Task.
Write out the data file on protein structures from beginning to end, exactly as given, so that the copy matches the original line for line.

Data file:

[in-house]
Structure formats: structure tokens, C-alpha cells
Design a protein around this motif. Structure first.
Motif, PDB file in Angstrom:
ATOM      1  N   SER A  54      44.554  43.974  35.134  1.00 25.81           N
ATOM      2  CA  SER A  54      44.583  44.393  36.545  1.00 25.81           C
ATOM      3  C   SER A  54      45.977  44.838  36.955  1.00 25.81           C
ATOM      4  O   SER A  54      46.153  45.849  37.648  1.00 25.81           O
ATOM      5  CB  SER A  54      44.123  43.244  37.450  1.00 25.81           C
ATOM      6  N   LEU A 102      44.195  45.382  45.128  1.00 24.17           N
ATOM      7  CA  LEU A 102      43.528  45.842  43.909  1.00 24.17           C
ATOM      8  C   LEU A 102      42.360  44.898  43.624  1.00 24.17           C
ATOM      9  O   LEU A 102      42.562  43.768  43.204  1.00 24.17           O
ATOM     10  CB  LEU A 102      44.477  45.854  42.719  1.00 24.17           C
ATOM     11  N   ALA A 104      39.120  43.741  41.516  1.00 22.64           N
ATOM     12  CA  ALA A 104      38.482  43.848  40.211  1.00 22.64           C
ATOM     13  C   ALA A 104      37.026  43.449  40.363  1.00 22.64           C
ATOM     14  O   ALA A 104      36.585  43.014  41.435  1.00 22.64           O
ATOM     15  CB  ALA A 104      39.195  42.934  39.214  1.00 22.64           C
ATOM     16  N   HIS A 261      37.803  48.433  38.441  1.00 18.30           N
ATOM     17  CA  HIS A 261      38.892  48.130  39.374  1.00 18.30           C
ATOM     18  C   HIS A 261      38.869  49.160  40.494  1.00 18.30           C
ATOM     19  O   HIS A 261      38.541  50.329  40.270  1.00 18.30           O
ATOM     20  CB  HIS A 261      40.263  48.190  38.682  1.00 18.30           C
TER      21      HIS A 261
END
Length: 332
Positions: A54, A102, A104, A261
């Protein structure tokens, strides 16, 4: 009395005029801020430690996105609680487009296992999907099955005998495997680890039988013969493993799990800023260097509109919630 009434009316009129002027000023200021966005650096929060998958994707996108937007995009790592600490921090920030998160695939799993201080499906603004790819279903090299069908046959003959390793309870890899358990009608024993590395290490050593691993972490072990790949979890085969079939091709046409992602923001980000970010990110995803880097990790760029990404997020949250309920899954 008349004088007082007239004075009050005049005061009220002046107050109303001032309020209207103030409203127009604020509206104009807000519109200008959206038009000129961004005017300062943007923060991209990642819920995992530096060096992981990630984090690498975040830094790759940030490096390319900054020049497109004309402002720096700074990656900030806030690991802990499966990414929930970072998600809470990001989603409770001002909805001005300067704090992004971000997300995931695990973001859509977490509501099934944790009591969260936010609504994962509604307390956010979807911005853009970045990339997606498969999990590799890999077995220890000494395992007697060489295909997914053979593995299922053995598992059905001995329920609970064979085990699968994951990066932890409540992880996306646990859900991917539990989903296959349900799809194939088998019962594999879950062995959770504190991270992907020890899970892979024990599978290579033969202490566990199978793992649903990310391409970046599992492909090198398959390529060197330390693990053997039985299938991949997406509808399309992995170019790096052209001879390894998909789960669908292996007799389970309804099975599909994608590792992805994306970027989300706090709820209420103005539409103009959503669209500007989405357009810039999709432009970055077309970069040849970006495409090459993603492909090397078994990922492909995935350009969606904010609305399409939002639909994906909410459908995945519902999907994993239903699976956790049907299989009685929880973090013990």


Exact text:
[in-house]
Structure formats: structure tokens, C-alpha cells
Design a protein around this motif. Structure first.
Motif, PDB file in Angstrom:
ATOM      1  N   SER A  54      44.554  43.974  35.134  1.00 25.81           N
ATOM      2  CA  SER A  54      44.583  44.393  36.545  1.00 25.81           C
ATOM      3  C   SER A  54      45.977  44.838  36.955  1.00 25.81           C
ATOM      4  O   SER A  54      46.153  45.849  37.648  1.00 25.81           O
ATOM      5  CB  SER A  54      44.123  43.244  37.450  1.00 25.81           C
ATOM      6  N   LEU A 102      44.195  45.382  45.128  1.00 24.17           N
ATOM      7  CA  LEU A 102      43.528  45.842  43.909  1.00 24.17           C
ATOM      8  C   LEU A 102      42.360  44.898  43.624  1.00 24.17           C
ATOM      9  O   LEU A 102      42.562  43.768  43.204  1.00 24.17           O
ATOM     10  CB  LEU A 102      44.477  45.854  42.719  1.00 24.17           C
ATOM     11  N   ALA A 104      39.120  43.741  41.516  1.00 22.64           N
ATOM     12  CA  ALA A 104      38.482  43.848  40.211  1.00 22.64           C
ATOM     13  C   ALA A 104      37.026  43.449  40.363  1.00 22.64           C
ATOM     14  O   ALA A 104      36.585  43.014  41.435  1.00 22.64           O
ATOM     15  CB  ALA A 104      39.195  42.934  39.214  1.00 22.64           C
ATOM     16  N   HIS A 261      37.803  48.433  38.441  1.00 18.30           N
ATOM     17  CA  HIS A 261      38.892  48.130  39.374  1.00 18.30           C
ATOM     18  C   HIS A 261      38.869  49.160  40.494  1.00 18.30           C
ATOM     19  O   HIS A 261      38.541  50.329  40.270  1.00 18.30           O
ATOM     20  CB  HIS A 261      40.263  48.190  38.682  1.00 18.30           C
TER      21      HIS A 261
END
Length: 332
Positions: A54, A102, A104, A261
């Protein structure tokens, strides 16, 4: 009395005029801020430690996105609680487009296992999907099955005998495997680890039988013969493993799990800023260097509109919630 009434009316009129002027000023200021966005650096929060998958994707996108937007995009790592600490921090920030998160695939799993201080499906603004790819279903090299069908046959003959390793309870890899358990009608024993590395290490050593691993972490072990790949979890085969079939091709046409992602923001980000970010990110995803880097990790760029990404997020949250309920899954 008349004088007082007239004075009050005049005061009220002046107050109303001032309020209207103030409203127009604020509206104009807000519109200008959206038009000129961004005017300062943007923060991209990642819920995992530096060096992981990630984090690498975040830094790759940030490096390319900054020049497109004309402002720096700074990656900030806030690991802990499966990414929930970072998600809470990001989603409770001002909805001005300067704090992004971000997300995931695990973001859509977490509501099934944790009591969260936010609504994962509604307390956010979807911005853009970045990339997606498969999990590799890999077995220890000494395992007697060489295909997914053979593995299922053995598992059905001995329920609970064979085990699968994951990066932890409540992880996306646990859900991917539990989903296959349900799809194939088998019962594999879950062995959770504190991270992907020890899970892979024990599978290579033969202490566990199978793992649903990310391409970046599992492909090198398959390529060197330390693990053997039985299938991949997406509808399309992995170019790096052209001879390894998909789960669908292996007799389970309804099975599909994608590792992805994306970027989300706090709820209420103005539409103009959503669209500007989405357009810039999709432009970055077309970069040849970006495409090459993603492909090397078994990922492909995935350009969606904010609305399409939002639909994906909410459908995945519902999907994993239903699976956790049907299989009685929880973090013990």